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James Gregory


I started out as an Atheist and was converted to Jesus Christ through Protestant Evangelicalism. Eventually I was converted to Catholicism after a search for the “One True Church”. After being subjected to closed communion because it was discovered by the local Priest that I believe in the real presence as a connection, rather than Transubstantiation, I eventually began to see that the Church associated with Rome is really nothing more than another denomination of Christianity. Nevertheless, I preferred the Catholic Liturgy to Protestant “Worship Services” that are actually “Sermon Services”. I retained the conservative morality so I couldn’t attend the “open communion” Churches that are obviously and openly in league with the gay and Planned Parenthood communities. The practice of closed communion interdenominationally is related to doctrinal disagreement. Paul speaks clearly to this issue in 1Corinthians and Ephesians. Grow in the knowledge of God, ie in a doctrinal sense, and be one as the Body of Christ. There were no denominations then as there are today. There were only divisions within single local ekklesia. Denominationalism in its present form is an extreme that is the ultimate negative conclusion of the division that Paul wrote against. To make a long story short, rather than revert to Atheism, I became a Cafeteria Catholic who must be very discrete doctrinally speaking when around Catholics. The self-centeredness of the Catholic denomination, a common trait among the conservative denominations, hinders my participation in the community in any other way than to participate in the Mass. But being a Cafeteria Catholic has at least kept me from reverting to Atheism, the only other choice open to me.

James G

Michael Perry

When I was a senior in high school (1963-64), with a boost from my maternal grandfather, who was a convert to Catholicism and, with his wife, a daily Mass-goer, I gave a speech to the local chapter (Louisville, KY) of the Knights of Columbus. In my speech, I quoted, with enthusiasm, a priest from Durban, South Africa, who said that it was more important to be a good Christian than a good Catholic (when the two came into conflict). This was about the time Vatican II was beginning. The bishop (archbishop?), an old man whose principal competence, it was said, was real estate deals, was present at the head table as I delivered the speech. The next week, the principal of my high school--a terrific high school, run by the Xaverian Brothers--let me know that the archbishop's office had called to register his eminence's displeasure with my use of the quotation. As I recall, the message from the principal was just this: Be discrete!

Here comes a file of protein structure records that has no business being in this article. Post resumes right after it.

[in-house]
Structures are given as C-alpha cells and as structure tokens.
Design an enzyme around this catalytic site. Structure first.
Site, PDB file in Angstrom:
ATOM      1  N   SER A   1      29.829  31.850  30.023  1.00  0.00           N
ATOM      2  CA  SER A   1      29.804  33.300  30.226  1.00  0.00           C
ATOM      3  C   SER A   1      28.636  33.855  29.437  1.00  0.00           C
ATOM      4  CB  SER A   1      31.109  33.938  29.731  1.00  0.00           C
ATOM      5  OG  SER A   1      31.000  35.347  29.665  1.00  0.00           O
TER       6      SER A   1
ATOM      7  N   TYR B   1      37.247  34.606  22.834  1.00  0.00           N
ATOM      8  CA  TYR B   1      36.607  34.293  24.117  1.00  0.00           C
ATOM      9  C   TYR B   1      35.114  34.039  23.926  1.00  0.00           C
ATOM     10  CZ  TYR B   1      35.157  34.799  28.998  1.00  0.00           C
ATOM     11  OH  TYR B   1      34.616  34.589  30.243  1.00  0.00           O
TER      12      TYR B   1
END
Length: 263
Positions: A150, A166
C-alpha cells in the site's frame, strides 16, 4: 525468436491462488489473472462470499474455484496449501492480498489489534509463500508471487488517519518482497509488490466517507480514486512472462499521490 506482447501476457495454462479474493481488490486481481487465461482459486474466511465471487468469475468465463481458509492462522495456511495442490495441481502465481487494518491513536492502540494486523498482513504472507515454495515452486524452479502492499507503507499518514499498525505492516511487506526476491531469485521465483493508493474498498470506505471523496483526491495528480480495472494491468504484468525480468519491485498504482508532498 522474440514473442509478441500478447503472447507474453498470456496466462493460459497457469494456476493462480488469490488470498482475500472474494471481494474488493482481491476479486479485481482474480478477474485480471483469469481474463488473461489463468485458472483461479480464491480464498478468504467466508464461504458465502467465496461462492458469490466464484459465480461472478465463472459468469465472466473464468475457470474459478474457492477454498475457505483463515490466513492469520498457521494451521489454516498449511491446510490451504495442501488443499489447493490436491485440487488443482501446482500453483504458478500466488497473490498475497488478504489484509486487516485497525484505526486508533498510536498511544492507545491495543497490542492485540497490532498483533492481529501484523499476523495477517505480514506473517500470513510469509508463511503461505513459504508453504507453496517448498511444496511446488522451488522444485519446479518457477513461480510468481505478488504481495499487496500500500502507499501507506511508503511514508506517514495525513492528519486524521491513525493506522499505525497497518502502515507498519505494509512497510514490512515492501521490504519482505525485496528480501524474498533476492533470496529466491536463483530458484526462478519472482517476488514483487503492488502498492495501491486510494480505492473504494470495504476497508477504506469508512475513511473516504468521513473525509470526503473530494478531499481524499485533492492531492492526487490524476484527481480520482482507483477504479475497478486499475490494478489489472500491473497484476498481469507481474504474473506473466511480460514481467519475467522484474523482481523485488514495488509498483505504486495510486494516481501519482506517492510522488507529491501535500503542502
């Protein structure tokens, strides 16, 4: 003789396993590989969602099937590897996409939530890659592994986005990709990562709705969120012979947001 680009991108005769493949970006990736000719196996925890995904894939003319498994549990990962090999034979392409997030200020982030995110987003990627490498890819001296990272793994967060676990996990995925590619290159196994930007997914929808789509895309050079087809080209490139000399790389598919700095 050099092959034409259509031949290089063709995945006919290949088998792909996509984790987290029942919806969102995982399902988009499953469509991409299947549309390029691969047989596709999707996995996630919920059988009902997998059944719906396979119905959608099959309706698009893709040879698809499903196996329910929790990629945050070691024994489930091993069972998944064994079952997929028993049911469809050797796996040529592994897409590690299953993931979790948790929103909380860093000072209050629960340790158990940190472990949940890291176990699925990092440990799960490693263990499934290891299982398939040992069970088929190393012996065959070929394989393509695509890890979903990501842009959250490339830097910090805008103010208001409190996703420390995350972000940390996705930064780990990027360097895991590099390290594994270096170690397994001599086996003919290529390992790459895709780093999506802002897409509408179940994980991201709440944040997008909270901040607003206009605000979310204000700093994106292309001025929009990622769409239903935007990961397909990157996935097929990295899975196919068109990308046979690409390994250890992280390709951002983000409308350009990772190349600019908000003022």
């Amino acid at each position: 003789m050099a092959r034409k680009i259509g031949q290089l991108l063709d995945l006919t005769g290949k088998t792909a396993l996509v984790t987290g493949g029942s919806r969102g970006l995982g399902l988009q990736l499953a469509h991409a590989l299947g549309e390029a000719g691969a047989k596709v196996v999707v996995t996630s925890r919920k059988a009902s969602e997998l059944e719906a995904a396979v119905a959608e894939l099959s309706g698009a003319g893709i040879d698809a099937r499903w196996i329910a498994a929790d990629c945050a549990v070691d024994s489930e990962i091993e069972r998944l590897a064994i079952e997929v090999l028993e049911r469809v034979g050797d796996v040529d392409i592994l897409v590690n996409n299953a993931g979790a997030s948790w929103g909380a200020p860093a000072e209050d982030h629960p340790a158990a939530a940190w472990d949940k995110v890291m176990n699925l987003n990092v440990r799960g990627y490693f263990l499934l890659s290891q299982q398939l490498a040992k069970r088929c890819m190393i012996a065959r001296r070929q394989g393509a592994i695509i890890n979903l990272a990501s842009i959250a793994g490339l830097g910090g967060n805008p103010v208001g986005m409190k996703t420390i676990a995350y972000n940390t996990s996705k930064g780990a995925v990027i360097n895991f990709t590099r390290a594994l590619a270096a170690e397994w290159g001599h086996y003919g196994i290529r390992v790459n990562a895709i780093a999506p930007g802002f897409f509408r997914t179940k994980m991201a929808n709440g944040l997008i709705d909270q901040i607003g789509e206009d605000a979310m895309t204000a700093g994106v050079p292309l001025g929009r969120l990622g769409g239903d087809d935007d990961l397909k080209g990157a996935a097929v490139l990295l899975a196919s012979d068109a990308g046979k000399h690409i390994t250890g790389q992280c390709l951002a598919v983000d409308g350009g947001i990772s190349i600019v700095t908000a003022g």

Steve Shiffrin

Michael, the book looks very interesting. One of the essays on the
humbling of the priesthood reminds me of a story told yesterday by
Father Robert Smith in his homily at Cornell. He told of an old priest
who had been ordained long before Vatican II. When he was ordained, he
thought of himself first as a priest, second, as a Christian, and third
as a human being. Many years later, after fully absorbing the message
of Vatican II, he characterized himself first as a human being, second
as a Christian, third as a priest.

Michael Perry


Speaking of the epithet "cafeteria Catholic", take a look at Fr. McBrien's column:

Richard McBrien - Essays in Theology
National Catholic Reporter
March 1, 2010

Reclaiming Catholicism

There is a new book out, titled Reclaiming Catholicism (Orbis Books). Perhaps the book will help younger Catholics to better understand and appreciate Catholicism's roots in the pre-Vatican II era, and older Catholics to recall the spiritual assets that contributed to their own religious formation.

The full column is available here: http://ncronline.org/node/17232


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